Joe Torre says managers won’t be allowed to kill time while deciding whether to challenge a call

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One of the more annoying parts of instant replay was how managers, while waiting to hear back from someone in their dugout for direction on whether to actually challenge a call, would meander out onto the field and stall. Usually they’d “ask for clarification,” but it was a stall, make no mistake.

Joe Torre acknowledged yesterday that was a problem and said something would be done about it for 2015:

“That was really my baby,” Torre said. “The one thing we talked about challenging, I didn’t want to take away from the manager the fact that he could run out there and argue. I didn’t really plan on them meandering out there and having conversations, You live and learn.

“I think that’s one area [where] we’ll do something different. We’ll eliminate some of that standing around because 10 seconds in our game seems like a lifetime. Hopefully we can make that a little more comfortable.”

I’m curious to learn what can actually be done about this given that we’re still treating replay review like a game. If you’re going to put it on the manager’s shoulders to challenge missed calls and if you’re going to penalizing him for being wrong by taking away his right to challenge later in the game, he is going to have to know if he’s right to challenge. That will take time and a quick video review of his own, whether he’s on the field or off of it. Otherwise you’re just asking them to gamble.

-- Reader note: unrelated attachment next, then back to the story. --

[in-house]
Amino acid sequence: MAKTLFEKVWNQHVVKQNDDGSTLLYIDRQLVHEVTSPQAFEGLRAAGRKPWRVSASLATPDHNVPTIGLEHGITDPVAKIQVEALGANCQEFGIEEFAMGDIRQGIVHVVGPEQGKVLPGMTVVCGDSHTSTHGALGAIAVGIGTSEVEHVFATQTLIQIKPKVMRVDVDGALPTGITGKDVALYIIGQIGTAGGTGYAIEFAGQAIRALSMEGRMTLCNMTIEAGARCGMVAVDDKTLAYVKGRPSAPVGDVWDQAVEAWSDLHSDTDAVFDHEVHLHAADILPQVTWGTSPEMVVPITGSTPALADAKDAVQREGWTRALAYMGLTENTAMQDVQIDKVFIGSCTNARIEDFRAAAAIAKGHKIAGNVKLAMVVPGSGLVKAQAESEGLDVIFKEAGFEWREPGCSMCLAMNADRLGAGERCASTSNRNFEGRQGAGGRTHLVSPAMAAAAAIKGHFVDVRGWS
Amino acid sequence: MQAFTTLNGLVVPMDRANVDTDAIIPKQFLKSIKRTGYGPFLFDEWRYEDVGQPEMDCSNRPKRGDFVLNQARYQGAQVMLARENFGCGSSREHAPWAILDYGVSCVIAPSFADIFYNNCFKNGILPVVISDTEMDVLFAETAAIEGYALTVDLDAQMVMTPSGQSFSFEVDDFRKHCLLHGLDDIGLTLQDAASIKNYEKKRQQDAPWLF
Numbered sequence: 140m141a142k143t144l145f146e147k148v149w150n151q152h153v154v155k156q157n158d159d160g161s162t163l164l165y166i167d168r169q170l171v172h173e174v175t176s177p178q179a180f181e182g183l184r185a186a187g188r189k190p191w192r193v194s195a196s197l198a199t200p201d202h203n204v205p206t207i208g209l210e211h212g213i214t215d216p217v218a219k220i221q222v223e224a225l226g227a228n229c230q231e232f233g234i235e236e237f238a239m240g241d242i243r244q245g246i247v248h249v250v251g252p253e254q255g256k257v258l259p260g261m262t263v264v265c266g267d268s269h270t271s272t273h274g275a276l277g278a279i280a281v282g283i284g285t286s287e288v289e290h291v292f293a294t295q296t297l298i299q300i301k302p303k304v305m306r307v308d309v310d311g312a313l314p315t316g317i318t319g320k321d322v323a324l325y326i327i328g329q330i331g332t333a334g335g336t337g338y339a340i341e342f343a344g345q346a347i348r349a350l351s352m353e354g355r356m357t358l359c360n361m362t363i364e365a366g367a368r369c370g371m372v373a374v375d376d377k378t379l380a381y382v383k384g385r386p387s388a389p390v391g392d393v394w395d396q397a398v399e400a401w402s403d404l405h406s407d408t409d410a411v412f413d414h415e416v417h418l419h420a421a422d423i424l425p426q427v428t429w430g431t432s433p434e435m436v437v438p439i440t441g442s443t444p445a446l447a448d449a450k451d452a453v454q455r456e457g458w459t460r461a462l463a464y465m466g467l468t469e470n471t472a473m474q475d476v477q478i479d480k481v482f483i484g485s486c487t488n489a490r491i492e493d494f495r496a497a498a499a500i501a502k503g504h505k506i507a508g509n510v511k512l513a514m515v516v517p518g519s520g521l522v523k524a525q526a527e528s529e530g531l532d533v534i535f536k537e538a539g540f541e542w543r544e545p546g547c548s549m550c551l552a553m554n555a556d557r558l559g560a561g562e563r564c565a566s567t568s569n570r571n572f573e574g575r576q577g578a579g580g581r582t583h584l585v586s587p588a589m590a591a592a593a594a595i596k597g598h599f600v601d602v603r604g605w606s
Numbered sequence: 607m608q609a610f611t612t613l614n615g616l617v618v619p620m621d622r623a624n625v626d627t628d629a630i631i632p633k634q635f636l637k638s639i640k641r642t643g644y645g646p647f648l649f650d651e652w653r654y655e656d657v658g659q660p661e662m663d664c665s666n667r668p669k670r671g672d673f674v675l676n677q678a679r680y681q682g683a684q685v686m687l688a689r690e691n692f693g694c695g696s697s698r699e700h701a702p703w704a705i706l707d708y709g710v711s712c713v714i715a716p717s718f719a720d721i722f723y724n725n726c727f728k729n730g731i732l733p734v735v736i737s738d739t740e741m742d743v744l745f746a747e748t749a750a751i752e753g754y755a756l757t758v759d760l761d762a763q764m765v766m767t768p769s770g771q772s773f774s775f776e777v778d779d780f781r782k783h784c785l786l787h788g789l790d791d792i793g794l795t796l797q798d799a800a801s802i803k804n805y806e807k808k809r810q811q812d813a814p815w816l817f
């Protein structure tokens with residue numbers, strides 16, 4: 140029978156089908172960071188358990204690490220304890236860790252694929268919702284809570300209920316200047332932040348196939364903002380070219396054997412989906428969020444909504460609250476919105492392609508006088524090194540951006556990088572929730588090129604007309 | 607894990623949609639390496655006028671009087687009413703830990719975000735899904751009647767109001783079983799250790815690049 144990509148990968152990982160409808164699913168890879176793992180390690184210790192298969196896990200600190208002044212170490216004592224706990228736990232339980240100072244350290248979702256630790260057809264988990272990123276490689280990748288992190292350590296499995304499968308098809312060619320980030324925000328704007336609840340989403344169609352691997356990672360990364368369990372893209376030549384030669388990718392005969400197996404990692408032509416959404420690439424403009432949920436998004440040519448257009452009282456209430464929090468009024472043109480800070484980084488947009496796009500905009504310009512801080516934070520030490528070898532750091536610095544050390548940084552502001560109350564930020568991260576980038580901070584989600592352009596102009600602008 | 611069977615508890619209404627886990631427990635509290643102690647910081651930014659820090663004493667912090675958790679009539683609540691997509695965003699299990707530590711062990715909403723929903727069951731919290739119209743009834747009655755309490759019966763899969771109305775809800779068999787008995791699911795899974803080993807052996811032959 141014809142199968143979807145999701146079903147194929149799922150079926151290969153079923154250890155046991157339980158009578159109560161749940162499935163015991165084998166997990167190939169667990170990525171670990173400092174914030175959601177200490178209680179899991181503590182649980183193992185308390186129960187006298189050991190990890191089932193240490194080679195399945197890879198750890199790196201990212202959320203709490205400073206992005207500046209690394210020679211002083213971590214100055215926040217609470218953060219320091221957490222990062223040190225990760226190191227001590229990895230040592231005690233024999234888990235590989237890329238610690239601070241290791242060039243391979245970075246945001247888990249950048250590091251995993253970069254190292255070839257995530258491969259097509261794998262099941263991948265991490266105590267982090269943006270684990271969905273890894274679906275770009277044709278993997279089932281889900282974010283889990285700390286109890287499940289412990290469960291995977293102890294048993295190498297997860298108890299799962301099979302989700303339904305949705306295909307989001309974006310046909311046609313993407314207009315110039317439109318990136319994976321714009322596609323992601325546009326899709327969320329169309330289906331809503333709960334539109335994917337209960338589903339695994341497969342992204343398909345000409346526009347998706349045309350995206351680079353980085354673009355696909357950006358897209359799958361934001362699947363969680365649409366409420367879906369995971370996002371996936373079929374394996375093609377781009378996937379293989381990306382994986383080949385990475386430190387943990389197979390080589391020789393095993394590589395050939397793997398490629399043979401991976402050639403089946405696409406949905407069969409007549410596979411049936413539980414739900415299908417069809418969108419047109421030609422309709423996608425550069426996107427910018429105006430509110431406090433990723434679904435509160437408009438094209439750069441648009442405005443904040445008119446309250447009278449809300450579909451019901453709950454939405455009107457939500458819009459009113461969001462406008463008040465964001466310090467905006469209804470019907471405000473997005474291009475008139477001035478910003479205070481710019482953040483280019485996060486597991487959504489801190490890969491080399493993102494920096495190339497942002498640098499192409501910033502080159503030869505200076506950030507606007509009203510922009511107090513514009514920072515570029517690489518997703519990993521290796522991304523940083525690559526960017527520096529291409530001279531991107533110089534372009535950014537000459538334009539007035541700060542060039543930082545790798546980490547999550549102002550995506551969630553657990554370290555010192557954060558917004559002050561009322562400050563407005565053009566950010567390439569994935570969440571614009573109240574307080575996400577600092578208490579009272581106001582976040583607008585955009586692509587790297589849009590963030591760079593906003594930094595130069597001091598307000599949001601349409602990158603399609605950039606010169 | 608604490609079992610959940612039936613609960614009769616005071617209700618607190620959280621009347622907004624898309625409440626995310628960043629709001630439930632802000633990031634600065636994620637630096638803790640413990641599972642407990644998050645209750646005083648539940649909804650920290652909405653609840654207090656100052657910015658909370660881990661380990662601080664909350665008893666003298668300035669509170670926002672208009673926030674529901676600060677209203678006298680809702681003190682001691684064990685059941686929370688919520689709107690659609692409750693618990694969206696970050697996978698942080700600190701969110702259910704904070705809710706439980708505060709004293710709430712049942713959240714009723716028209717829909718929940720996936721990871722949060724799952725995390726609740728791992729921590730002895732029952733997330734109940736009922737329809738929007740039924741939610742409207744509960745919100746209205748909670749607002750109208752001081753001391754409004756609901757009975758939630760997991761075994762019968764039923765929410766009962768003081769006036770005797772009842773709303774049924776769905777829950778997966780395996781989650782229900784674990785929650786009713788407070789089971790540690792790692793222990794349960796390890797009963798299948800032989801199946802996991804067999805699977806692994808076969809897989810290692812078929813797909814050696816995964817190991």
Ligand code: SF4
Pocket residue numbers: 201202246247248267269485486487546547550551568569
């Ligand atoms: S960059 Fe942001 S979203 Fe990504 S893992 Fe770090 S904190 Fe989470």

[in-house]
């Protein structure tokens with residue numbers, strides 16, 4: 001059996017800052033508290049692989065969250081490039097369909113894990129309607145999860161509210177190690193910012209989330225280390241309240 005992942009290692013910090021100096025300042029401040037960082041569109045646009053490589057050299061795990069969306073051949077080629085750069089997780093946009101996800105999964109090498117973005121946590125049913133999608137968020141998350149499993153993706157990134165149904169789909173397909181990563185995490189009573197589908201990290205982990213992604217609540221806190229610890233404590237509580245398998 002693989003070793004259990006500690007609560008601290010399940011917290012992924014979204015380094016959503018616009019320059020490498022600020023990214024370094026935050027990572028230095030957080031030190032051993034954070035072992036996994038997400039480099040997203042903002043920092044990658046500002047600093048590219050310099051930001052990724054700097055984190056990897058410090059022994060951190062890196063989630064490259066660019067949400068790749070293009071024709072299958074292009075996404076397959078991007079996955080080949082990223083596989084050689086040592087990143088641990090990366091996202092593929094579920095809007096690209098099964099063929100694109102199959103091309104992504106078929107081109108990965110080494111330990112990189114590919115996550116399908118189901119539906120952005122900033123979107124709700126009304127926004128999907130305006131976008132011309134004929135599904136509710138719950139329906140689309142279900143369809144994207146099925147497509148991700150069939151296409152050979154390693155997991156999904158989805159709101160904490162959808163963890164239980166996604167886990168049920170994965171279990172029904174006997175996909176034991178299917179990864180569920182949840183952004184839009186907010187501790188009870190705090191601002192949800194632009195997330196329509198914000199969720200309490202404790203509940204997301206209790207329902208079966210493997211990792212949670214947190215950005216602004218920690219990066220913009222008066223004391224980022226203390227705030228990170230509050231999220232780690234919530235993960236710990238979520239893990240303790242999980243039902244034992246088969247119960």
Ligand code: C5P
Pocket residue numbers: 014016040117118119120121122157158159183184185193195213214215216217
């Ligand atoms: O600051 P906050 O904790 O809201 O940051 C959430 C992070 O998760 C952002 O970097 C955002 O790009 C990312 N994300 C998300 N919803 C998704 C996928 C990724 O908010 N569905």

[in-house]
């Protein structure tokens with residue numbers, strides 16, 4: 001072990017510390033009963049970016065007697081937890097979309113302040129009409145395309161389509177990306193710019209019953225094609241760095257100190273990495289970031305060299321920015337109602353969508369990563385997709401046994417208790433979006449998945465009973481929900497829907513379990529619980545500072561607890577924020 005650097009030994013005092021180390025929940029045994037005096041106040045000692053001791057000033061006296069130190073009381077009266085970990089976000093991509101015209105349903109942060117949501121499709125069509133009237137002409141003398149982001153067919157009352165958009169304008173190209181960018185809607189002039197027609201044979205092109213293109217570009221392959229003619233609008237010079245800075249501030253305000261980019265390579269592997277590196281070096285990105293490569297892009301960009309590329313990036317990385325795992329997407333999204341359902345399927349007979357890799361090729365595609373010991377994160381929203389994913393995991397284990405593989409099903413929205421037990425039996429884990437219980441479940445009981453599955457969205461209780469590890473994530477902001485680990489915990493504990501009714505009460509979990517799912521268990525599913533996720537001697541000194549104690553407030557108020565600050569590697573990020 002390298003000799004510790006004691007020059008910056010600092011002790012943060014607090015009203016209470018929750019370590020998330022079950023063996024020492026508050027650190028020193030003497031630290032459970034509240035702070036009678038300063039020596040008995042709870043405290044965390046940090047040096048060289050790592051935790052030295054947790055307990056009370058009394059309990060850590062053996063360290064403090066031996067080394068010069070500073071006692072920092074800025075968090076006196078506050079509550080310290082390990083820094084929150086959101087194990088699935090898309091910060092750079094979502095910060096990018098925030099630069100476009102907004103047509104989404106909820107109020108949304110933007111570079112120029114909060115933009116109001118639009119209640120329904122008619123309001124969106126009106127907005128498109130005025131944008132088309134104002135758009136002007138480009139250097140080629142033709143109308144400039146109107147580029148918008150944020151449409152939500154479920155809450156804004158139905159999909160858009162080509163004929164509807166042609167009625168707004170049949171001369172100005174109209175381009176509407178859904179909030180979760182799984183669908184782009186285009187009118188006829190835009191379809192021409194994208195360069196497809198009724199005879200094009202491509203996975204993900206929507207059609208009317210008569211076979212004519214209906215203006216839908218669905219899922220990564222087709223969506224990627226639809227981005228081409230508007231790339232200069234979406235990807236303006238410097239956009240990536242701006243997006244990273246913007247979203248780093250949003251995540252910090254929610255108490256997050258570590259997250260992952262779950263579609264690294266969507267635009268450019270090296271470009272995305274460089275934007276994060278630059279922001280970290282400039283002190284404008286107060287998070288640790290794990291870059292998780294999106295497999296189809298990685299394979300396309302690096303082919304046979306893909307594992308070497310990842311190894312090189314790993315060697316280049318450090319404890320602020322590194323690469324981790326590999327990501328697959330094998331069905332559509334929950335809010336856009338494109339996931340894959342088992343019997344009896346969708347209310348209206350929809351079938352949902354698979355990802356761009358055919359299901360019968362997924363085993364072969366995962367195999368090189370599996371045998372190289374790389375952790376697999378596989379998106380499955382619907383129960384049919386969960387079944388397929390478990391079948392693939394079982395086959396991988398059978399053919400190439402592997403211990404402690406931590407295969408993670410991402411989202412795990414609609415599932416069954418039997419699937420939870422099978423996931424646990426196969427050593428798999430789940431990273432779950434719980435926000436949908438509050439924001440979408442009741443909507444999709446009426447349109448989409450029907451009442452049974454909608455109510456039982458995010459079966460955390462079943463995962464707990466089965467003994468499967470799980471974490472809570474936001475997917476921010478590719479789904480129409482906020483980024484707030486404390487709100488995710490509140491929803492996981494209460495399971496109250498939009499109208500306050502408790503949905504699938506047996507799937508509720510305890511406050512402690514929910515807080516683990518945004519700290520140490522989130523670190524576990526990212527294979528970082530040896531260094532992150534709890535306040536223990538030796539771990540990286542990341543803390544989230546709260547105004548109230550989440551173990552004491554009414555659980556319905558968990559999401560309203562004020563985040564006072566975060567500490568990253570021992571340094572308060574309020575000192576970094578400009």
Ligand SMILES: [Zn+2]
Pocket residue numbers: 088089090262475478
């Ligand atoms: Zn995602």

Of course, this will probably not concern the people who thought it was cool to make a game out of replay in the first place rather than actually put the responsibility on umpires to make sure their calls are right. Gambling is a game! One that can be even more fun than the lower-stakes gambling we had with the rule last year.

Marcus Stroman: José Bautista could ‘easily’ pitch in MLB bullpen

José Bautista and Marcus Stroman
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José Bautista hasn’t appeared in the majors since 2018 but the 39-year-old isn’t done playing just yet. Last month, we learned via a report from ESPN’s Jeff Passan that Bautista is hoping to come back as a two-way player. He spent the winter working out as a pitcher.

Bautista had also been working with former Blue Jays teammate Marcus Stroman. Back in January, Stroman tweeted, “My bro @JoeyBats19 is nasty on the mound. We been working working. All jokes aside, this man can pitch in a big league bullpen. I’ll put my word on it!”

In March, Passan added some details about Bautista, writing, “I’ve seen video of Jose Bautista throwing a bullpen session. Couldn’t tell the velocity, but one source said he can run his fastball up to 94. His slider had legitimate tilt — threw a short one and a bigger bender. @STR0 said in January he could pitch in a big league bullpen.” Stroman retweeted it, adding, “Facts!”

Stroman reiterated his feelings on Tuesday. He tweeted, “Since y’all thought I wasn’t being serious when I said it the first time…my bro @JoeyBats19could EASILY pitch in a big league bullpen. Easily. Sinker, slider, and changeup are MLB ready!” Stroman attached a video of Bautista throwing a slider, in which one can hear Stroman calling the pitch “nasty.”

Stroman attached another video of Bautista throwing a glove-side sinker:

Replying to a fan, Stroman said Bautista’s body “is in better shape than 90-95% of the league.”

I am not a scout and won’t pretend to be one after watching two low-resolution videos. And Stroman’s hype is likely partially one friend attempting to uplift another. That being said, I’ve seen much worse from position players attempting to pitch. It’s a long shot, especially given his age, that Bautista will ever pitch in the majors, but it wouldn’t be surprising to see him get an opportunity to pitch in front of major league scouts.